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**Selected by the Wall Street Journal among the Best Sports Books of 2021**
A New York Times bestselling sportswriter tells the inside story of how three star players joined together to form the most dominant team in basketball and lead the Boston Celtics to their first championship in more than two decades.
The first of "The Big Three" was Paul Pierce. As Boston Celtics fans watched the team retire Pierce's jersey in a ceremony on February 11, 2018, they remembered again the incredible performances Pierce put on in the city for fifteen years, helping the Celtics escape the bottom of their conference to become champions and perennial championship contenders. But Pierce's time in the city wasn't always so smooth. In 2000, he was stabbed in a downtown nightclub eleven times in a seemingly random attack. Six years later, remaining the sole star on a struggling team, he asked to be traded and briefly became a lightning rod among fans.
Then, in 2007, the Boston Celtics General Manager made two monumental trades, bringing Ray Allen and Kevin Garnett to Boston. A press conference on July 31, 2007 was a sight to behold: Pierce, KG, and Ray Allen holding up Celtics jerseys for the flood of media. Coach Doc Rivers made sure the team bonded over the thought of winning a title and living by a Bantu term called Ubuntu, which translates as "I am because we are." Rivers wanted to make it clear that togetherness and brotherhood would help them maximize their talent and win. What came next—the synthesis of the Celtics' "Big Three" and their dominant championship run—cemented their standing as one of great teams in NBA history, a rival to Kobe Bryant's Lakers and LeBron James's Cavaliers.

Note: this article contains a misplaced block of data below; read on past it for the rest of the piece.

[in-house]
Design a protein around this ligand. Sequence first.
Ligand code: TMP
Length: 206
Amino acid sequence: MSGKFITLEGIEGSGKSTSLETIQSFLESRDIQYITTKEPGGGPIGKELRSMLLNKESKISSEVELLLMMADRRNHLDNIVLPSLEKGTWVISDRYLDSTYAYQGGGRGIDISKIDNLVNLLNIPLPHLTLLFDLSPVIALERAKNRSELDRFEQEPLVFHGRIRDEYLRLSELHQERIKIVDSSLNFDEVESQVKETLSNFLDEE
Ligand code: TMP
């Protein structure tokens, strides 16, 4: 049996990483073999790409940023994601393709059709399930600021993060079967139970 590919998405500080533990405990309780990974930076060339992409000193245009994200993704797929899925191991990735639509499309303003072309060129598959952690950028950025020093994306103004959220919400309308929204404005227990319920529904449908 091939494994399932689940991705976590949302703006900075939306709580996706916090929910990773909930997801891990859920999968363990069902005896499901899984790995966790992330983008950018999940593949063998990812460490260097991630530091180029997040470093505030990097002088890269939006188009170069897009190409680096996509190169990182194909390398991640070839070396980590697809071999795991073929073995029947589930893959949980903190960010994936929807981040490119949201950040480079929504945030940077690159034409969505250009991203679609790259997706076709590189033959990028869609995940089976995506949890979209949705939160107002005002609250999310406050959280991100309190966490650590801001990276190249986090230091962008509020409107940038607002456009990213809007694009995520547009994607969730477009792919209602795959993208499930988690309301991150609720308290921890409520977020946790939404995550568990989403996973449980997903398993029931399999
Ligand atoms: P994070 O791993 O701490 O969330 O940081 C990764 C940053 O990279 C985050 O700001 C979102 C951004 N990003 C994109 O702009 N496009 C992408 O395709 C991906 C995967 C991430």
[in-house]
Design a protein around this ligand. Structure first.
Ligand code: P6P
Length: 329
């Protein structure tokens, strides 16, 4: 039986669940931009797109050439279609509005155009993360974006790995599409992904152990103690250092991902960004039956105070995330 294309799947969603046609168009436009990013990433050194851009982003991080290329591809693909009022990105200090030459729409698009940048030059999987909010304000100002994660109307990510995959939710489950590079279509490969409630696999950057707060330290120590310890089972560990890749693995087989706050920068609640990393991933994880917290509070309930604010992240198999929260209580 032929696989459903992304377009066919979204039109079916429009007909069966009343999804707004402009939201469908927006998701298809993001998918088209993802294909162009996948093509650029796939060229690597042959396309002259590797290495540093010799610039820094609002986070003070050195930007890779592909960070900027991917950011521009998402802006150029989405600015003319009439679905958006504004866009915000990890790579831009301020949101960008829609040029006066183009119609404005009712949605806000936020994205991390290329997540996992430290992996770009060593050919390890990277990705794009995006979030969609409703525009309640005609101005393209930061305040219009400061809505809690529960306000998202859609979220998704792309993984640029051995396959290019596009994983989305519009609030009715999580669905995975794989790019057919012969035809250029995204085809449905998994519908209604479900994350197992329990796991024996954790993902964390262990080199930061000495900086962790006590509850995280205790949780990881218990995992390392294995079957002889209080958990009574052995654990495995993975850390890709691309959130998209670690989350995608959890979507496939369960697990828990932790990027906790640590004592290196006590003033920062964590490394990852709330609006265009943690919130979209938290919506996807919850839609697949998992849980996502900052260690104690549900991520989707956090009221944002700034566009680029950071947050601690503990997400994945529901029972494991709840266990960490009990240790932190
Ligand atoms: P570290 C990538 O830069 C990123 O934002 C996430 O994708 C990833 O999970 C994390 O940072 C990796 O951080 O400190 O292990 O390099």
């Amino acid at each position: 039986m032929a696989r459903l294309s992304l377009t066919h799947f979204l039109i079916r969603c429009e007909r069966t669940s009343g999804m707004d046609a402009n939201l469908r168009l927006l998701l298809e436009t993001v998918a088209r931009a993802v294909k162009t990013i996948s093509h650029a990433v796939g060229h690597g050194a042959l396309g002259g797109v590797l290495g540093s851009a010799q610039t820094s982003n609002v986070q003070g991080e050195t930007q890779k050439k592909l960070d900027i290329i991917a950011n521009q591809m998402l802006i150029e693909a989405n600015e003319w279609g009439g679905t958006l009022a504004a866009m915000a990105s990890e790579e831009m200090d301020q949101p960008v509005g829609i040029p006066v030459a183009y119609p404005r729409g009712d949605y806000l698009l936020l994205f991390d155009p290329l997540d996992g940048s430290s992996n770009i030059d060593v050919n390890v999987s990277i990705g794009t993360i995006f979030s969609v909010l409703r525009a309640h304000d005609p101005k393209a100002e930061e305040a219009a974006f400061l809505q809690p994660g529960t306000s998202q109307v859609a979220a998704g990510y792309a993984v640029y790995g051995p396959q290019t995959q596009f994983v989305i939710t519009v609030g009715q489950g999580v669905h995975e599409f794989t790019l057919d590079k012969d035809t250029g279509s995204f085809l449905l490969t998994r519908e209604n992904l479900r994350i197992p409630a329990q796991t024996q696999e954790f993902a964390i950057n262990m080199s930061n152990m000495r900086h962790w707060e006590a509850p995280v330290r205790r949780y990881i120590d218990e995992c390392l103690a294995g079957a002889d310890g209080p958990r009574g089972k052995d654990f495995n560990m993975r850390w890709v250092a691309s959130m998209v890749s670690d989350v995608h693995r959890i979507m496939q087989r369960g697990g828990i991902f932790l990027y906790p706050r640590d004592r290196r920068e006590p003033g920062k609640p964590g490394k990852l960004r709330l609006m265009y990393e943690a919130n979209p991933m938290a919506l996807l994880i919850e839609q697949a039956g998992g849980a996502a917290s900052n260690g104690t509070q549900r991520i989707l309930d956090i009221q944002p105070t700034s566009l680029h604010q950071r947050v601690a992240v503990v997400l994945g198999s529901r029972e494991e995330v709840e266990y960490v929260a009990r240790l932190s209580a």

This is the team that brought excitement back to the Garden, and therefore to one of the most storied franchises in all of sports. They met their historic rivals, the Lakers, in the 2008 NBA Finals, winning the series in Game 6, in a rout on their home court with a raucous, concert like atmosphere. Along the victory parade route, Paul Pierce smoked a cigar—as a tribute to legendary former Celtics Coach Red Auerbach. In a city now defined by a wealth of championships, "The Big Three" joined the club. Michael Holley, the premier chronicler of Boston sports, brings their story to life with countless untold stories and behind-the-scenes details in another bestselling tome for New England and sports fans across the country.
Sportswriter Holley (Belichick and Brady) details the Boston Celtics' return to "championship glory" during the 2000s in this fascinating behind-the-scenes account. After new owners bought the team in 2003, Danny Ainge, a former Celtic player who went on to coach in the NBA, was brought on as executive director of basketball operations and given the task of constructing a winning roster. Ainge was unafraid to trade popular players, flipping some for draft picks that he later used to acquire Kevin Garnett and Ray Allen. After drafting Paul Pierce, Ainge had assembled what became known as the "The Big Three," who helped win the title in 2008, their first year playing together. The squad's success was short-lived, however, and Ainge began breaking up the team in the franchise's long-term interest: Pierce and Garnett were traded in a 2013 deal that yielded valuable draft picks that restocked the roster with young talent. Holley includes many revelations, such as co-owner Wyc Grousbeck's unwavering support in the drafting of Rajon Rondo, a key member of the championship team. This clear-eyed look at the vicissitudes of professional sports will appeal even to those who don't bleed Celtic green.